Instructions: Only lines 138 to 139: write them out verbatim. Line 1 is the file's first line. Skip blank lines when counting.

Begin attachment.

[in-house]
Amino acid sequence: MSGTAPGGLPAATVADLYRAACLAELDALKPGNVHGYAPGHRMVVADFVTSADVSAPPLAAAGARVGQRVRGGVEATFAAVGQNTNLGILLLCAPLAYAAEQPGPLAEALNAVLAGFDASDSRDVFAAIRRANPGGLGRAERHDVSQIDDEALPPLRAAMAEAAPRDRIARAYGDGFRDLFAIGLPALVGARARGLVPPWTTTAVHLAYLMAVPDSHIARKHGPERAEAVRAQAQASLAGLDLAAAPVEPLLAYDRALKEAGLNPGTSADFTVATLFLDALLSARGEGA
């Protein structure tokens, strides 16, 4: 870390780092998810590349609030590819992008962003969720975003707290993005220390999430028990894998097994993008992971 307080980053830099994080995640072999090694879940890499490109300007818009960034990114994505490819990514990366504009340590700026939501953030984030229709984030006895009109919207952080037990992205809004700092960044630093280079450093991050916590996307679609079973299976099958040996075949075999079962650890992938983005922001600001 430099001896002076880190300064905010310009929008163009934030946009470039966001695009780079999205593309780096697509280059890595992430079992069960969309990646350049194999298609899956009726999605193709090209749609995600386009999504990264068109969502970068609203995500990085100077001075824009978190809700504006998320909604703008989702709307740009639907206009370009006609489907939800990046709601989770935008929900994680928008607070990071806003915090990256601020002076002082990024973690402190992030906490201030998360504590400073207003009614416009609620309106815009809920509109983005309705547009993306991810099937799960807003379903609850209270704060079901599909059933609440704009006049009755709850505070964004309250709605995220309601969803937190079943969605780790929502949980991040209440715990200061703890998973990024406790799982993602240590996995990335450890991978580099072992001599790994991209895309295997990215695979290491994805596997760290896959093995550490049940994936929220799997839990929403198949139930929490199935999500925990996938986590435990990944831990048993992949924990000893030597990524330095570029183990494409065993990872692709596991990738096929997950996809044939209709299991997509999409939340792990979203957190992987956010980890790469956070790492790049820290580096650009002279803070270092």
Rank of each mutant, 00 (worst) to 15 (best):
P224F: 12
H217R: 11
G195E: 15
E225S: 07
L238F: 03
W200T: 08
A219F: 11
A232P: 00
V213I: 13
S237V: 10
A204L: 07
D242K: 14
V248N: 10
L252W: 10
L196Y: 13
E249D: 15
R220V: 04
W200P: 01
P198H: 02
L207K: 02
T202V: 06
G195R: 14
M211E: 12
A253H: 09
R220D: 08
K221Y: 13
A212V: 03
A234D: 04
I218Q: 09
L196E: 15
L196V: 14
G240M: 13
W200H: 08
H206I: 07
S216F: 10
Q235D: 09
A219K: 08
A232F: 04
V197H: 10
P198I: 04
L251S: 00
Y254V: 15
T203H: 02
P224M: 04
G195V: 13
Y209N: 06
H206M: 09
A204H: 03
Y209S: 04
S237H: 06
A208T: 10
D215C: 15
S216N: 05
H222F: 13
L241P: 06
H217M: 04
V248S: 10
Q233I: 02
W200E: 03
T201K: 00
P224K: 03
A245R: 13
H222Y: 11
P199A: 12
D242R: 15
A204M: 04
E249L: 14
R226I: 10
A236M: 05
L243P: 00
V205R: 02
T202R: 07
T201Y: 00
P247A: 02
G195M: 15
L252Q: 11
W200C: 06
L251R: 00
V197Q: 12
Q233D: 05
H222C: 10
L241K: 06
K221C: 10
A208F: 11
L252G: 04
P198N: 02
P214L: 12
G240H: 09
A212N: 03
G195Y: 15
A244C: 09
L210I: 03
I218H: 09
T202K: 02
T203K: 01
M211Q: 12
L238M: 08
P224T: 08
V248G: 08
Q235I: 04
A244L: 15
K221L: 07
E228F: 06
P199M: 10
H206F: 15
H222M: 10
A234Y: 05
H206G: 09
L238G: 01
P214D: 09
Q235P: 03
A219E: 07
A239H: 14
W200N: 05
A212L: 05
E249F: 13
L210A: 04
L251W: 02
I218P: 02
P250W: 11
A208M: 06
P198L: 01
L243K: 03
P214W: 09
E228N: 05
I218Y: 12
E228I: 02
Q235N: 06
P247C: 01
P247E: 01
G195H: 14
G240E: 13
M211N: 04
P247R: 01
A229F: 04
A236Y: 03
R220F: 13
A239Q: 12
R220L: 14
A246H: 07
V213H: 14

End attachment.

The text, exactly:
P247R: 01
A229F: 04